Oregon-based Breakaway Promotions, which owns the Mt. Hood Cycling Classic and organizes the country's longest-running stage race with the Cascade Cycling Classic in Bend, also has experience running the Tour of Utah and multiple national championship events in several disciplines. Breakaway Promotions was involved in some of the initial planning to bring a UCI women's race back to Idaho, but owner Chad Sperry said his company would not be involved with the 2013 Exergy Tour.

    "Breakaway Promotions has not been asked to be involved with the 2013 Exergy Tour, and in light of the struggles that vendors had last year in receiving payment as well as the late date for planning and organization, we would have to respectfully decline if we were asked to," Sperry wrote in an email to Cyclingnews.

  • O'Brien dreaming of green and gold at National Championships

    On the Australian domestic scene Mark O'Brien was taking control. Here he was riding into the winning position at the Tour of Toowoomba.
    Article published:
    January 3, 2013, 02:05
    Cycling News

    Team Raleigh rider in career-best form ahead of Buninyong road race

    It would have been easier for Mark O'Brien to follow the wheels and accelerations of the dwindling peloton during the final stages of last year's Australian National Championships road race. Instead the rider who three National Road Series tours in 2012, decided to play his own card. He attacked, the predominantly European-based professionals followed and he ended the day in 12th-place.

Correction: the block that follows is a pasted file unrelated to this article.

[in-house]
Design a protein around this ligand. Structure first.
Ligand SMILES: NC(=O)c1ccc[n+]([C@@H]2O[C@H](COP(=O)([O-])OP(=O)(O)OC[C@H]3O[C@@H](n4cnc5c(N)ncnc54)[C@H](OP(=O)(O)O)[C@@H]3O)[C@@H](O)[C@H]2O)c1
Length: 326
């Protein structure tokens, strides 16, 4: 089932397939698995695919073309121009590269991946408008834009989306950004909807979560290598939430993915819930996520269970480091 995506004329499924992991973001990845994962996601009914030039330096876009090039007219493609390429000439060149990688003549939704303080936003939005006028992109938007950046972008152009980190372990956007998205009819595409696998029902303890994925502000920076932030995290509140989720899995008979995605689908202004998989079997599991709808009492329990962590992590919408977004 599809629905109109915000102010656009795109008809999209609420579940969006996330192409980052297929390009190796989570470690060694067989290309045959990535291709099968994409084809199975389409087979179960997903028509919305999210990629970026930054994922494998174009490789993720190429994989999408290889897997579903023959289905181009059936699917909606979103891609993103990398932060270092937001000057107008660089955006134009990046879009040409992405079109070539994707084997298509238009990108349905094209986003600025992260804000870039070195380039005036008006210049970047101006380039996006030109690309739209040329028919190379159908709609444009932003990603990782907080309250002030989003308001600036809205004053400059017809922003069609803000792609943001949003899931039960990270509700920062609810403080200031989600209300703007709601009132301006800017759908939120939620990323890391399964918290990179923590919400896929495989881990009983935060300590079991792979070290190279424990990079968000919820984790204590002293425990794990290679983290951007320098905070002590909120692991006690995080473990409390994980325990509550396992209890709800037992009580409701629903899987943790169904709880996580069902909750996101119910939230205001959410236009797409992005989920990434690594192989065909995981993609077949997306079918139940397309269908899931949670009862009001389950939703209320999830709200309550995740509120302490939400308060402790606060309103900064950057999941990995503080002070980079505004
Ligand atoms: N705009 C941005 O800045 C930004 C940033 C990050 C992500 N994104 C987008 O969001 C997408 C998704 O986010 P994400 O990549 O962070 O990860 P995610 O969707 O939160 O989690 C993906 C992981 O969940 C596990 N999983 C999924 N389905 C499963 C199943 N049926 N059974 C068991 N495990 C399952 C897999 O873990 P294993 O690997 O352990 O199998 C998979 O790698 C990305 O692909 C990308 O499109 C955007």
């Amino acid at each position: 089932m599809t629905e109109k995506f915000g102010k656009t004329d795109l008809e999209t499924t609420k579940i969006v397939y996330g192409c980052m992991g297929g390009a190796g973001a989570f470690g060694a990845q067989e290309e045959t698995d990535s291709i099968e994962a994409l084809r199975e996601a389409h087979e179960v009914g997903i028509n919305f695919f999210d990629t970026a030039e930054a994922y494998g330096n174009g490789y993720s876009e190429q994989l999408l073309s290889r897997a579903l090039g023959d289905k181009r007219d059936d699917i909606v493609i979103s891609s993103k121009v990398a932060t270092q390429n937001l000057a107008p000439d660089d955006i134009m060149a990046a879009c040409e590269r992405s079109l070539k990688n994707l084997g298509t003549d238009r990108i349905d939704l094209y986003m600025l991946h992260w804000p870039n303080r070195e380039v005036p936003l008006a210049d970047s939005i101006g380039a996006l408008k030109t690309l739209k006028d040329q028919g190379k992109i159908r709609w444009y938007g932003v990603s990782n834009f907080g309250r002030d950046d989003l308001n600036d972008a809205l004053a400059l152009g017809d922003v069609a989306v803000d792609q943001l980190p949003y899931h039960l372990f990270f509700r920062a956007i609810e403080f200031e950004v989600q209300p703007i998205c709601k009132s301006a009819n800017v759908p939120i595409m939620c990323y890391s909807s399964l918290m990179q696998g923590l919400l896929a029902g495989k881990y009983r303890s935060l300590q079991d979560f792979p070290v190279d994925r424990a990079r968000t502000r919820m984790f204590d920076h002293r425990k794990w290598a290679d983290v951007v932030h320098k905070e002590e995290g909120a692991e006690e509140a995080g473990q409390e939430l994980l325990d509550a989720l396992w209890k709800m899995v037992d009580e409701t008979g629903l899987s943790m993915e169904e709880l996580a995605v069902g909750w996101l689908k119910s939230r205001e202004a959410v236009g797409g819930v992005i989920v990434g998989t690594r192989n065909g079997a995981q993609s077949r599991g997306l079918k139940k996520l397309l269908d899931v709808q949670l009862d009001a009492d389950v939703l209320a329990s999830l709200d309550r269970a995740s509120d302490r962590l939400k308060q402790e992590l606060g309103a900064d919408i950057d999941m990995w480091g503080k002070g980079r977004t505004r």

Only 21 of the 140 starters would ride across the finish-line that day with O'Brien along with a handful of domestic NRS riders and the remaining professionals. O'Brien was part of the chase group that came in behind the top-3 places on the day. If the talented all-rounder, who excels in one-day races and hillier tours saved his energy, there's every chance he could have battled for the green and gold bands of national champion.

    With the 2013 Australian National Championships just weeks away O'Brien believes he has every chance of repeating the most recent feats of former domestic winners Peter McDonald (2009) and Darren Lapthorne (2007) - who has been a training partner in preparation for the extended 195.6km race.

    "He [Lapthorne] will have the national bands on the sleeves of his kit for the rest of his life and no one can take that away from him," explained O'Brien. "It would be such a huge honour to wear the national jersey overseas, the respect you would receive would be so much greater.

    "If I was able to achieve that, then I would be satisfied with my life on the bike," he added.

    The strength of the field has risen over the past editions and the addition of a full Orica-GreenEdge contingent will make it all the more challenging however, O'Brien is heading to the race in the "best form" he's been in, according to the 25-year-old.

    "To win nationals would literally be my dream," said O'Brien. "I know I am up against some of the best guys in the world, so to win would still be a long shot, but to be able to wear the green and gold jersey would be amazing.

    "I am training harder than I ever had before and my training data is telling me I'm in the best form I have ever been in.

    "I have always gone into nationals doing the same training as most professionals, and have always done really well on the Buninyong course, but for 2013 I really wanted to give it everything I have and line up with the best possible form I can have."